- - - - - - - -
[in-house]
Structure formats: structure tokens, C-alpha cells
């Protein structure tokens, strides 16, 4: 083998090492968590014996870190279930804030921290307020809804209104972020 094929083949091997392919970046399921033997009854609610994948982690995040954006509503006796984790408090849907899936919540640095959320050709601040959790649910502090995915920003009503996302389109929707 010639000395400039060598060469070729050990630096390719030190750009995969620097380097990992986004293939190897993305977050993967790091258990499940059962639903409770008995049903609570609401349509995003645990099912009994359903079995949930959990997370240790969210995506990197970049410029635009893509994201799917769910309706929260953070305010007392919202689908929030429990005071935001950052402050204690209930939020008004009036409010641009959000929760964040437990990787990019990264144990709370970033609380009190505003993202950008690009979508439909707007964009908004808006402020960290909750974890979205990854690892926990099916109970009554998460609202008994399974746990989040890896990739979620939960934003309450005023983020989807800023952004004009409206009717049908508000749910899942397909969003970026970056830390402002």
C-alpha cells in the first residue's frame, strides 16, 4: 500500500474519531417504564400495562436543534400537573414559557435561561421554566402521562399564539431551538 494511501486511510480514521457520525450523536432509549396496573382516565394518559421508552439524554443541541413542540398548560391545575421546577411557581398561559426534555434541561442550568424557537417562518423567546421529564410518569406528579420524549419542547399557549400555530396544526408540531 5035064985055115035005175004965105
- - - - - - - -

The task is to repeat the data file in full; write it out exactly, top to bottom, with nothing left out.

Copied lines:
[in-house]
Structure formats: structure tokens, C-alpha cells
């Protein structure tokens, strides 16, 4: 083998090492968590014996870190279930804030921290307020809804209104972020 094929083949091997392919970046399921033997009854609610994948982690995040954006509503006796984790408090849907899936919540640095959320050709601040959790649910502090995915920003009503996302389109929707 010639000395400039060598060469070729050990630096390719030190750009995969620097380097990992986004293939190897993305977050993967790091258990499940059962639903409770008995049903609570609401349509995003645990099912009994359903079995949930959990997370240790969210995506990197970049410029635009893509994201799917769910309706929260953070305010007392919202689908929030429990005071935001950052402050204690209930939020008004009036409010641009959000929760964040437990990787990019990264144990709370970033609380009190505003993202950008690009979508439909707007964009908004808006402020960290909750974890979205990854690892926990099916109970009554998460609202008994399974746990989040890896990739979620939960934003309450005023983020989807800023952004004009409206009717049908508000749910899942397909969003970026970056830390402002």
C-alpha cells in the first residue's frame, strides 16, 4: 500500500474519531417504564400495562436543534400537573414559557435561561421554566402521562399564539431551538 494511501486511510480514521457520525450523536432509549396496573382516565394518559421508552439524554443541541413542540398548560391545575421546577411557581398561559426534555434541561442550568424557537417562518423567546421529564410518569406528579420524549419542547399557549400555530396544526408540531 5035064985055115035005175004965105